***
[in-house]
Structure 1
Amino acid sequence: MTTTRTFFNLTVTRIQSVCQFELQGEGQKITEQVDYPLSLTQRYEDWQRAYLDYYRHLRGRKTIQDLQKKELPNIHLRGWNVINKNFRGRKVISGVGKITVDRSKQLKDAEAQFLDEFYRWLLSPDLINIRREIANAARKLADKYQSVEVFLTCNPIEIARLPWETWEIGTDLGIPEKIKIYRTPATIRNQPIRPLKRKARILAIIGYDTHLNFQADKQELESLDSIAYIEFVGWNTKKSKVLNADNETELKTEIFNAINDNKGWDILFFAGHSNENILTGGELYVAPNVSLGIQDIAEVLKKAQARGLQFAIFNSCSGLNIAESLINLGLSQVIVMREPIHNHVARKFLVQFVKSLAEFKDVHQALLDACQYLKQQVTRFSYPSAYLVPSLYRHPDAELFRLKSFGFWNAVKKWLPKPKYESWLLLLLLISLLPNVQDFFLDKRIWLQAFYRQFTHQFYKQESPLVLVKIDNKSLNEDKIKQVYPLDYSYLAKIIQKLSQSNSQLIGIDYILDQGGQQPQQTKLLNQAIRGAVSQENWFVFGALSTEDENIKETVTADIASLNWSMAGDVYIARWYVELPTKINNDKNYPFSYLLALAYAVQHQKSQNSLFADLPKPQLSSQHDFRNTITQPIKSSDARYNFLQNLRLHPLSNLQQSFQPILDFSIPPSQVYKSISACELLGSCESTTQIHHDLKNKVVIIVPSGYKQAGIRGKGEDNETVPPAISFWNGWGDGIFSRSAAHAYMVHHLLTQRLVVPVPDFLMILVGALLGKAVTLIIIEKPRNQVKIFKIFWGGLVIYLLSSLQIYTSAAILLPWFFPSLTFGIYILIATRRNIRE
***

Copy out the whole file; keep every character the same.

[in-house]
Structure 1
Amino acid sequence: MTTTRTFFNLTVTRIQSVCQFELQGEGQKITEQVDYPLSLTQRYEDWQRAYLDYYRHLRGRKTIQDLQKKELPNIHLRGWNVINKNFRGRKVISGVGKITVDRSKQLKDAEAQFLDEFYRWLLSPDLINIRREIANAARKLADKYQSVEVFLTCNPIEIARLPWETWEIGTDLGIPEKIKIYRTPATIRNQPIRPLKRKARILAIIGYDTHLNFQADKQELESLDSIAYIEFVGWNTKKSKVLNADNETELKTEIFNAINDNKGWDILFFAGHSNENILTGGELYVAPNVSLGIQDIAEVLKKAQARGLQFAIFNSCSGLNIAESLINLGLSQVIVMREPIHNHVARKFLVQFVKSLAEFKDVHQALLDACQYLKQQVTRFSYPSAYLVPSLYRHPDAELFRLKSFGFWNAVKKWLPKPKYESWLLLLLLISLLPNVQDFFLDKRIWLQAFYRQFTHQFYKQESPLVLVKIDNKSLNEDKIKQVYPLDYSYLAKIIQKLSQSNSQLIGIDYILDQGGQQPQQTKLLNQAIRGAVSQENWFVFGALSTEDENIKETVTADIASLNWSMAGDVYIARWYVELPTKINNDKNYPFSYLLALAYAVQHQKSQNSLFADLPKPQLSSQHDFRNTITQPIKSSDARYNFLQNLRLHPLSNLQQSFQPILDFSIPPSQVYKSISACELLGSCESTTQIHHDLKNKVVIIVPSGYKQAGIRGKGEDNETVPPAISFWNGWGDGIFSRSAAHAYMVHHLLTQRLVVPVPDFLMILVGALLGKAVTLIIIEKPRNQVKIFKIFWGGLVIYLLSSLQIYTSAAILLPWFFPSLTFGIYILIATRRNIRE